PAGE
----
First aid during the COVID-19 pandemic

Nicola Magnavita, Angelo Sacco, Gabriella Nucera, Francesco Chirico

Risultato della ricerca: Contributo in rivistaArticolo in rivistapeer review

6 Citazioni (Scopus)


Workers spend more than a third of their lifetime in the workplace [1]. Customers and other visitors also spend a significant amount of time in workplaces. Health events requiring urgent intervention may therefore occur in the workplace. Between 0.3 and 4.7% of out-of-hospital cardiac arrests [2] (a leading cause of death globally with an incidence of 55 per 100 000 adults per annum [3]) occur in the workplace. Other traumatic events involving workers, customers and the general public may require cardiopulmonary resuscitation (CPR). Drowning, which is responsible for 7% of all traumatic deaths and is the third leading global cause of death from accidents, is a significant risk in swimming pools and spas. Globally, the annual estimate of deaths due to drowning is 372 000, but this may be an underestimate [4]. Effective first aid is a moral duty for every worker. In compliance with Article 16 (1) of Directive 89/391/ EEC, employers must appoint trained first aiders to deliver first aid, firefighting and the evacuation of workers. The resumption of activities after lockdown calls for a review of workplace first aid. Although workplace first aid is generally well organized throughout Europe, it has become more challenging due to the COVID-19 pandemic, as the virus poses a serious risk of infection to both the casualty and the rescuer. During first aid, rescuer and casualty come into close contact, especially during CPR. Mouth-to-mouth resuscitation poses the greatest risk of infection. However, performing chest compressions also generates aerosols by passive ventilation [5]. The protection provided by facial shields/visors and Laerdal-type pocket masks with one-way filtered valve does not guarantee the safety of both the rescuer and the casualty. Following the COVID-19 pandemic, risk assessments should be reviewed and occupational first-aid services should be reconfigured. As there may be a shortage of protective equipment and trained operators, staff must be properly trained and ready to deal with the challenges posed by the pandemic. During teaching sessions, social distancing must be maintained and the number of participants must be limited. Students must have appropriate personal protective equipment (PPE). Hand-sanitizers and sanitizing products should be provided for the cleansing and disinfection of surfaces as well as low-cost dedicated manikins that can be sanitized before and after use by each student. Automated External Defibrillator (AED) training devices must also be sanitized. Careful resource management can overcome these problems, but it is more difficult to implement effective safety procedures designed to eliminate the biological risk for the casualty and the rescuer. The risk posed by mouth-to-mouth resuscitation and uncertainty over effective control could lead some workers to refuse to perform CPR or, should they be infected, to blame their employers for failing to adequately control the risk. The guidelines for first aid and CPR should therefore be modified to include additional risk control measures and recommendations. Avoiding transmission of infectious diseases during mouth-to-mouth resuscitation is a problem that was addressed prior to the current pandemic. If the casualty was infected by HIV, tuberculosis, hepatitis B or SARS, the 2015 European Resuscitation Council (ERC) guidelines recommended rescuers to use a Laerdal-type disposable face shield with a low-resistance filter one-way filtered valve. However, the COVID-19 pandemic has prompted international and national organizations to update their guidelines. If casualties are suspected of having COVID-19, the updated American Heart Association (AHA) guidelines recommend lay rescuers should perform only chest compression and defibrillation in adults, and to carry out full CPR only in children who are at high risk of respiratory failure. The AHA recommends both the rescuer and the casualt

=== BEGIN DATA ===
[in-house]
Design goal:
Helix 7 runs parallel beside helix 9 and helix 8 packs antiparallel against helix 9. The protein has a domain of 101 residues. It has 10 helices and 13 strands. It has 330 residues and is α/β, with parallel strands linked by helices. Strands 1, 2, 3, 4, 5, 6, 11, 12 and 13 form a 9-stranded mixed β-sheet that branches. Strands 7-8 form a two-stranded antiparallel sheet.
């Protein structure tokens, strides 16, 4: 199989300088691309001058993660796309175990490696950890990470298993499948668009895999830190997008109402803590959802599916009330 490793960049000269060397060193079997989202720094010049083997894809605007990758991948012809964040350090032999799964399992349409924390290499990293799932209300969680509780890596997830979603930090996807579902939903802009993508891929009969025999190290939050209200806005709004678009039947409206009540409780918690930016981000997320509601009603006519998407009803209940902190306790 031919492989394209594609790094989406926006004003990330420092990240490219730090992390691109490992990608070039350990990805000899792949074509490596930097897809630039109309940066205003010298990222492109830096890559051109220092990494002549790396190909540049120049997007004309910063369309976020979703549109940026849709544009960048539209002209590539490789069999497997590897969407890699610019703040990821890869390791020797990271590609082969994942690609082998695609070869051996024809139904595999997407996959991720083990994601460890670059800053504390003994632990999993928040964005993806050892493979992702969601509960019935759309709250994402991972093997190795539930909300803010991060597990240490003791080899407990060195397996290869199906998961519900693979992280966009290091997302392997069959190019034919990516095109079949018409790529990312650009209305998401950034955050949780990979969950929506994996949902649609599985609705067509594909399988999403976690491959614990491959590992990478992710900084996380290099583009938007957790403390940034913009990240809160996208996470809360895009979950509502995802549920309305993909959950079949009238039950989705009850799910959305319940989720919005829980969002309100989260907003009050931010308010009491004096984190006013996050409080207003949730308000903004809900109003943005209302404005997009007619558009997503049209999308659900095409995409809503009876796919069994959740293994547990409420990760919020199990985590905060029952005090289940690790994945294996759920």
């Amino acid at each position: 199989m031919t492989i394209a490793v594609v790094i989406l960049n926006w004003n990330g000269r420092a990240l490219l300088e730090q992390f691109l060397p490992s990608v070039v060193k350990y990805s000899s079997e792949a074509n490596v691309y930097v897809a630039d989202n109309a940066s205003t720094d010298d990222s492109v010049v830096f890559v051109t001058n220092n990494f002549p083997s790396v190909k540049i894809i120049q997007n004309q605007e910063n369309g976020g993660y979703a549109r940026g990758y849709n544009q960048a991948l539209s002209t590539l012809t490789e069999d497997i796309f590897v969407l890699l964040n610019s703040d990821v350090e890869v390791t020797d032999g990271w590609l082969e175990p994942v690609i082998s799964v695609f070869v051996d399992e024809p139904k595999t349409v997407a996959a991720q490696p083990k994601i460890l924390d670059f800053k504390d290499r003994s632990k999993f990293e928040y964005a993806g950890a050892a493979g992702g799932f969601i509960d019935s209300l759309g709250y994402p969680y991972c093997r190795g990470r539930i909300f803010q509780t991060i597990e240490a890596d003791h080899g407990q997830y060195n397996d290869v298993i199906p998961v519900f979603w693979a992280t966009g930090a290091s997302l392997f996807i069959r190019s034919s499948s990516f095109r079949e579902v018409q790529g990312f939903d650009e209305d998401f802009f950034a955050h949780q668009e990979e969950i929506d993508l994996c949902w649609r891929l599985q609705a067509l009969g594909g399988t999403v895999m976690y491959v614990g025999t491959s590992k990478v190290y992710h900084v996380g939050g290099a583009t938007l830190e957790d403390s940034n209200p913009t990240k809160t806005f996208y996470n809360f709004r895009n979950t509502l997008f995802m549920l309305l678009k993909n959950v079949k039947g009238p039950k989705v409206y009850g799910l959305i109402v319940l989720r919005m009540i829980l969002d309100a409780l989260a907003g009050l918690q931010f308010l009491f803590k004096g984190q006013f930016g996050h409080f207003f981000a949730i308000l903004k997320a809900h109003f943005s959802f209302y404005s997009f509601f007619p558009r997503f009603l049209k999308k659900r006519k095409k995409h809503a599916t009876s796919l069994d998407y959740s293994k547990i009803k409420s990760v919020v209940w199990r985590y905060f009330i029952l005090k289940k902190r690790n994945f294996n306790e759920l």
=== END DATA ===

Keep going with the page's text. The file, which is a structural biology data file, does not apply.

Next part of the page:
Lingua originaleEnglish
pagine (da-a)458-460
Numero di pagine3
RivistaOccupational Medicine
Stato di pubblicazionePubblicato - 2020


  • Covid-19
  • First aid
  • emergency
  • mask
  • safety
  • workplace


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